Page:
Kogal culture peaked in 1998. Kogals were then displaced by another style that gained popularity through Egg: ganguro, a gal culture that first appeared in the mid-1990s and used dark makeup combined with heavy amounts of tanning.[26] Ganguro evolved into another extreme look (though less extreme than ganguro) called yamanba ("mountain hag"). As looks grew more extreme, fewer girls were attracted to gal culture. Although there are still female students who sexualize their uniforms, the kogal is no longer a focus of fashion or media attention.

Mirai Suenaga, a mascot for Japan tourism, is dressed in a kogal summer school uniform.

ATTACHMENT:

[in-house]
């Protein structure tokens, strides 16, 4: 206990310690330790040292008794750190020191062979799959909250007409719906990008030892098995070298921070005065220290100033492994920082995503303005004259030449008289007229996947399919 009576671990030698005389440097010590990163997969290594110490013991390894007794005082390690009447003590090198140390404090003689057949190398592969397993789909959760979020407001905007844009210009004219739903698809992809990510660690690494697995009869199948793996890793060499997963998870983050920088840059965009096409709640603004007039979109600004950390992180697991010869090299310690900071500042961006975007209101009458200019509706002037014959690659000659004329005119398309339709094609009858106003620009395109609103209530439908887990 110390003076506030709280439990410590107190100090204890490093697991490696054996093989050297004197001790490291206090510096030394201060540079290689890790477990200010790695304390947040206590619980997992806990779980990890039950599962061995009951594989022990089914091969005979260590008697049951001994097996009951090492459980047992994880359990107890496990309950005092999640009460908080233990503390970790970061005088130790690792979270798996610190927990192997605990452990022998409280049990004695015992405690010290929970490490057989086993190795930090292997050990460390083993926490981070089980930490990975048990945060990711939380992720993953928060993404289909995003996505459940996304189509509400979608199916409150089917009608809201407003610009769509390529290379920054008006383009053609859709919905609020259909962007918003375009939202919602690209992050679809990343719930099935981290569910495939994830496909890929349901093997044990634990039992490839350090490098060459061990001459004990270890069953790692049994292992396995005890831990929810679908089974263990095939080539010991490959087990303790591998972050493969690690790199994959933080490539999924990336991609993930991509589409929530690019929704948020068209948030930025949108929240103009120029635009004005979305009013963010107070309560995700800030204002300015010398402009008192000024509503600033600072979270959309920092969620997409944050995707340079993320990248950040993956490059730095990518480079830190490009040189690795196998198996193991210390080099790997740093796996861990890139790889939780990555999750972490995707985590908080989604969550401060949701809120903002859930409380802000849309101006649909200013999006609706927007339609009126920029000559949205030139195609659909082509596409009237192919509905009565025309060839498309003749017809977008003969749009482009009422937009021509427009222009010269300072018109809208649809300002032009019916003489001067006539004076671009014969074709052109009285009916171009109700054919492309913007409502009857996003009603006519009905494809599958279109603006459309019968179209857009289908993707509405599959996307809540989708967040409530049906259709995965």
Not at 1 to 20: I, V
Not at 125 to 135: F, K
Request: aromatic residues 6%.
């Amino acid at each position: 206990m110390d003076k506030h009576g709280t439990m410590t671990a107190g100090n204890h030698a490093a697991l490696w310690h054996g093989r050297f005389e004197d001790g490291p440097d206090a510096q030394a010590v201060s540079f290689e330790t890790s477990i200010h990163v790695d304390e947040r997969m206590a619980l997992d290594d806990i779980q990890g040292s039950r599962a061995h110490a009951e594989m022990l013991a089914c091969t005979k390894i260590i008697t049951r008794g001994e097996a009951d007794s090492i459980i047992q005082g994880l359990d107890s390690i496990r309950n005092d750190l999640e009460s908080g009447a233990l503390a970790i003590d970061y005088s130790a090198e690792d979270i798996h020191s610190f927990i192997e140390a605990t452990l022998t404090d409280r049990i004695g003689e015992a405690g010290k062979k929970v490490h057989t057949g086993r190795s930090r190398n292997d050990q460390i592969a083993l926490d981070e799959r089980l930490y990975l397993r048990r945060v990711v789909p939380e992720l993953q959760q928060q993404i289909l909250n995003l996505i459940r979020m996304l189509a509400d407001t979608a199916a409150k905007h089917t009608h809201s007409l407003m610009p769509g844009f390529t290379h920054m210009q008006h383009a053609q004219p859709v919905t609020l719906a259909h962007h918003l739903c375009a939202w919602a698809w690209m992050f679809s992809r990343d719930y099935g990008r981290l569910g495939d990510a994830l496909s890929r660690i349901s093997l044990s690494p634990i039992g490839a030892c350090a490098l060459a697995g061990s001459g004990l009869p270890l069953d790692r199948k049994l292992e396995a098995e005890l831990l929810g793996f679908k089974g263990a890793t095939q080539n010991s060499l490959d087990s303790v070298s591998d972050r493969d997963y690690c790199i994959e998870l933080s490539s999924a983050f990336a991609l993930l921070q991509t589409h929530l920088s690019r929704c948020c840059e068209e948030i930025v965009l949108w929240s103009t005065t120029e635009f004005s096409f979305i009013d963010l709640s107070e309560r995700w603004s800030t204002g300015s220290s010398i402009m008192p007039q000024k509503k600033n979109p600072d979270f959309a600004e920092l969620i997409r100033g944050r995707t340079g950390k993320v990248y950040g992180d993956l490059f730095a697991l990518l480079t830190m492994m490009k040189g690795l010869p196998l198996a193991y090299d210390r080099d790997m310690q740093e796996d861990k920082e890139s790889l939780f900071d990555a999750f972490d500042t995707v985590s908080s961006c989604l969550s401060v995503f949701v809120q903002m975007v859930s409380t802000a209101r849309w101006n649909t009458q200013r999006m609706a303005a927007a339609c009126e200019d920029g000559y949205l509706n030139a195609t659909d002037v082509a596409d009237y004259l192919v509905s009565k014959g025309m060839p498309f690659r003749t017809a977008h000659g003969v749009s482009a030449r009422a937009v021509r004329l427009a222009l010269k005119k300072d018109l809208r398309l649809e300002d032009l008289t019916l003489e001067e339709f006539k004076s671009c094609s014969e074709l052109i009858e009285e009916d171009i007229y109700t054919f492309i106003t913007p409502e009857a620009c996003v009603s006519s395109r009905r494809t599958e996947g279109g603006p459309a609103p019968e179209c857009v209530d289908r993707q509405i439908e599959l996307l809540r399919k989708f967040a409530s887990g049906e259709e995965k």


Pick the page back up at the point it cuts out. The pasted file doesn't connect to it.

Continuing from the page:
Gal fashion later reemerged in the form of the skin-whitening Shiro Gyaru, associated with Popteen.[27] One such example of this is the Onee Gal, who take their fashion cues from Hollywood. Clad in stilettos and jewels, these gals parade the streets of Shibuya. The women opting for this style are often gals of previous generations that are returning for this style, which is sexy yet more adult. Unlike their younger counterparts, there is less clubbing and more projecting an image of sky-high social status. Despite this, the Onee Gals are more serious about their lives than other gal groups, with their age placing them in college or the workforce. One of the driving forces behind this is Sifow, a singer and idol that subscribes to the Onee Gal style.[26]